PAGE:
We had a massive grey wall, very dull and unattractive, until YMCA came along and we worked together to deliver a large community mural. We gave a lovely big public canvas over to the YMCA and with their skilled team, of staff and young people, created something special for the High Street responding to the idea of “From The Station To The Sea”. This would be the first time some of the young people’s artwork would be on display, not only that, by taking part they achieved certified credits.
Here are the before and after photographs, if you would like to see more photos of the mural taking shape click here.
A Place isn’t just about the people who are there in the day time, but also the nighttime. One space can have many different personalities at different times of the day, and sometimes even the time of year.
What can we do for the High Street at night? The street already has a 24 hour convenience shop, restaurants, casinos, and pubs. However about something outside? Something more visually interesting, something that changes?
An outdoor cinema? What a great idea! Thank you to Swansea BID who have sponsored this event and without them it would be impossible.
Invested, tested and ready to roll. Introducing the newest addition to Swansea High Street, a silent cinema. Tell us what you want to watch on the outdoor screen by emailing email@example.com
Alloneword is a collective of mural / streets artists and illustrators based on Swansea High Street. They wanted to get involved and donate their time to add some more colour to the High Street. Below are before and after photographs, if you would like to see more pictures you can visit the Alloneword gallery.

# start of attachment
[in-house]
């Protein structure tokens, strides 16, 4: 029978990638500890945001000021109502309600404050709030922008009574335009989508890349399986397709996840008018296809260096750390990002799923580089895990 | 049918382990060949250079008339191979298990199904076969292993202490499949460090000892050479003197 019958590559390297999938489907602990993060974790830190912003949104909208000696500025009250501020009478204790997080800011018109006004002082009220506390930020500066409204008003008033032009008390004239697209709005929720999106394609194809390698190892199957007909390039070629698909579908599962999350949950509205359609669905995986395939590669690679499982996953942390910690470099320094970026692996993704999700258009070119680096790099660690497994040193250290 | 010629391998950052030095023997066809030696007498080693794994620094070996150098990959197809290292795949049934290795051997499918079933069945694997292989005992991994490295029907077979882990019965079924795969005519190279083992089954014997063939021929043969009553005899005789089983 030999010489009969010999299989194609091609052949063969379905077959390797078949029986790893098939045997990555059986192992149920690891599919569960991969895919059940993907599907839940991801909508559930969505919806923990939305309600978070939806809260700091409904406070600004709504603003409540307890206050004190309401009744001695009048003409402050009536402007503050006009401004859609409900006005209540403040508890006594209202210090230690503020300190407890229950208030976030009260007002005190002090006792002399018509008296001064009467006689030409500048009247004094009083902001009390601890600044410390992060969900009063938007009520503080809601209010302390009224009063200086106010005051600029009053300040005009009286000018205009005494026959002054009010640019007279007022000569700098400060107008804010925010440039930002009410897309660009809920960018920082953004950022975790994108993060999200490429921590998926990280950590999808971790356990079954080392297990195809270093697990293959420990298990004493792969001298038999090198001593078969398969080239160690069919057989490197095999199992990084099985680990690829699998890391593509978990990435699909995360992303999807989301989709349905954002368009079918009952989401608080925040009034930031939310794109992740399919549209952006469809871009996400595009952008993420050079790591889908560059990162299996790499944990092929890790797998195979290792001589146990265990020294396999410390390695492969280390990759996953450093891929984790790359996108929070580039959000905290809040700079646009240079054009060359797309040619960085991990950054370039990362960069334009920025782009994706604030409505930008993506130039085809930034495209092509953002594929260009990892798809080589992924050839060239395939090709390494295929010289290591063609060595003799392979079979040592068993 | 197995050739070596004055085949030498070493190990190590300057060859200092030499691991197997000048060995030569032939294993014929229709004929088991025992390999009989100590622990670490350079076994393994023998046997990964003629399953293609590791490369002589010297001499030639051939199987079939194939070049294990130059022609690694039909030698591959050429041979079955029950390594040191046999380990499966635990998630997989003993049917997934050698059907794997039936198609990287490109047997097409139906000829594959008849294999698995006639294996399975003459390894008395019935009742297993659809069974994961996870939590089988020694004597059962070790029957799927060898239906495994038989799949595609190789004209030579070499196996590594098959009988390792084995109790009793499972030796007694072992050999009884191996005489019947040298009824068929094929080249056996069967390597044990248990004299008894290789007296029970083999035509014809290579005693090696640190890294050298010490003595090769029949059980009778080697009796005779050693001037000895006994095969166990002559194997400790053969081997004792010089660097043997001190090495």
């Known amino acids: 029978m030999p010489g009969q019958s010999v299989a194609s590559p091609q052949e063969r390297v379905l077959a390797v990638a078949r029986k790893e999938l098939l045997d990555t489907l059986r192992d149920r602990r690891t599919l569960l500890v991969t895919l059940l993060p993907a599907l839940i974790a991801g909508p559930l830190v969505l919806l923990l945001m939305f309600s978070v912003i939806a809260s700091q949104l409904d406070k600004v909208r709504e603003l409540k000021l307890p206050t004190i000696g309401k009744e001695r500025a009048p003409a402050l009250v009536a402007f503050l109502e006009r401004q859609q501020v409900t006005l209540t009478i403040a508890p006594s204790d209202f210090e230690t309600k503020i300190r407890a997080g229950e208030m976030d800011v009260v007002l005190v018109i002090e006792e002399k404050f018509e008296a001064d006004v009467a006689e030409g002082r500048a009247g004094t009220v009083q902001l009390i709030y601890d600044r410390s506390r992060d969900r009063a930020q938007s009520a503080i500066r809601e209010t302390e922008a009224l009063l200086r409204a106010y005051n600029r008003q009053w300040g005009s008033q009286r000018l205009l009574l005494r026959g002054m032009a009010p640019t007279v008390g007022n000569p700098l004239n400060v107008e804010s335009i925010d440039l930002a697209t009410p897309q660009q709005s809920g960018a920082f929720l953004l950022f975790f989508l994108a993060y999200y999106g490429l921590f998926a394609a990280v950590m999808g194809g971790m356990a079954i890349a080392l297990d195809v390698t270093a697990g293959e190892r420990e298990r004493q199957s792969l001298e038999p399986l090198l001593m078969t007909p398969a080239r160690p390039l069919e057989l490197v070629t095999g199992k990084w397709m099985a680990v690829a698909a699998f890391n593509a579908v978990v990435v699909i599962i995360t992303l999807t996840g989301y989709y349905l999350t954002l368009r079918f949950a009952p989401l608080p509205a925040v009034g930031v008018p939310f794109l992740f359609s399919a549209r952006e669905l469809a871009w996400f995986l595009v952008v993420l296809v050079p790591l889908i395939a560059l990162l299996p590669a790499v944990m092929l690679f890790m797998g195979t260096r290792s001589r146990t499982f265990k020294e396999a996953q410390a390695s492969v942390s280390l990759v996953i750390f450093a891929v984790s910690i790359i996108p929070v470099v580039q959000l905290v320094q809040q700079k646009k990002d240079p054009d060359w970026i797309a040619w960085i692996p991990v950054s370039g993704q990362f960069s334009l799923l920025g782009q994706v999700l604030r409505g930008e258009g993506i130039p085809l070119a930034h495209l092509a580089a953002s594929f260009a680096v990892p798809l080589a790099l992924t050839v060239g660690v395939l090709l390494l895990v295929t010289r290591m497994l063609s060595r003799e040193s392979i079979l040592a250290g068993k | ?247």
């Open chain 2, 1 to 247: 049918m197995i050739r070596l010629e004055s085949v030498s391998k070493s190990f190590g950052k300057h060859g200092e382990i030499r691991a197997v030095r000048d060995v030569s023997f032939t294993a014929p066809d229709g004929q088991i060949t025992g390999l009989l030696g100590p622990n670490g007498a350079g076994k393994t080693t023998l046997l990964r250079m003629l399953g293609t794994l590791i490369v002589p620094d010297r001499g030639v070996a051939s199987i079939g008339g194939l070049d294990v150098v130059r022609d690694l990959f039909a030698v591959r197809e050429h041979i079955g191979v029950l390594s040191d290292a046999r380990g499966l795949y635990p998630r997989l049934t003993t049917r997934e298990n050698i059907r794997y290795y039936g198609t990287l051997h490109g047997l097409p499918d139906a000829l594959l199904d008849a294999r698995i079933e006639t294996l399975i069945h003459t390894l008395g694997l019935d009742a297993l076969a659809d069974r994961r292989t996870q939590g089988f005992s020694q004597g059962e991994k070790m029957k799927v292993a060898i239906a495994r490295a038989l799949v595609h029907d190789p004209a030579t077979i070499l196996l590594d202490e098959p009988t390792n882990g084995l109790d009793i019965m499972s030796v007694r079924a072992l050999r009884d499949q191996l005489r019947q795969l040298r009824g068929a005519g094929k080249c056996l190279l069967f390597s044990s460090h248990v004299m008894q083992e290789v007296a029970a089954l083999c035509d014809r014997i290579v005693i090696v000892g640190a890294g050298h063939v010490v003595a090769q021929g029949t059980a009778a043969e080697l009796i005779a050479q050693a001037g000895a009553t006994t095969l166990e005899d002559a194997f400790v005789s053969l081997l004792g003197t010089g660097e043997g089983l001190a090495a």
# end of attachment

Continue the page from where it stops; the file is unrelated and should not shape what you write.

Charterbrook signs is based in Swansea enterprise park creating specialist signs and printing large high quality images.
They donated a stack of clear perspex which were off-cuts from jobs that were destined for the scrapheap, we saved them and used them as small windows. These windows were ways of making the space on the High Street more inclusive and accessible. The wooden hoarding acted as a barrier before, an area that was not part of the High Street. Previous rubbish and beer bottles were throw over the top of the hoarding, which is a clear indicator of what people felt towards the empty space. However since we have opened the doors and let people be a part of what is happening, the rubbish is no longer thrown over the hoarding and instead people are seen peering in through these wonderful donated windows.
We even cut the windows at different heights, so that everyone can look inside, short and tall, young and old.
If you want to try this yourself with hoarding that is creating a barrier in the community, we suggest that the windows you create are too small to get an adult clenched fist into the gap. Our larger windows were unfortunately knocked out, and after repairing them twice we decided to stick to the letterbox sized windows. If you are unable to get off-cuts of clear perspex then you can always use chicken wire or an alternative garden mesh. Although please be aware that this mesh will allow for small objects to be pushed through.
B+Q have a great scheme that tries to stop sending slightly damaged items to a big old landfill, and instead gives the community opportunities to use the free materials, including paints, wood and plants.
Find out more about Waste Donation here.
Forest School really know how to have fun, they spent a whole 3 days showing us how much fun a collection of branches and logs are. They did many clever little tricks and by the end of it we had a functional and fun woodland area on Swansea High Street.
Thank you so much for sharing your skills and creating a space where kids can really have a laugh and get messy – anyone hungry for mud pies?
Thank you to Town Tyres for donating old used tyres to this project. As you can see with a bit of paint these tyres become beautiful walls, helping to divide the space and contain the sand for Swansea High Streets first urban beach!
Robin Cantellow and Conifers From Hell and Kilvrough Manor who generously donated logs, branches and wood chips that were collected from various tree surgeon missions.
A few empty buckets, some branches, and some postcrete is all you need to make a mobile woodland.
Robert Price helped us move a super large tree that was donated to our cause, but was located in the Gower. Using their expert skills they collected the tree and moved it safely into the city centre and carefully delivered it to our little woodland.
Which has now been turned into a den!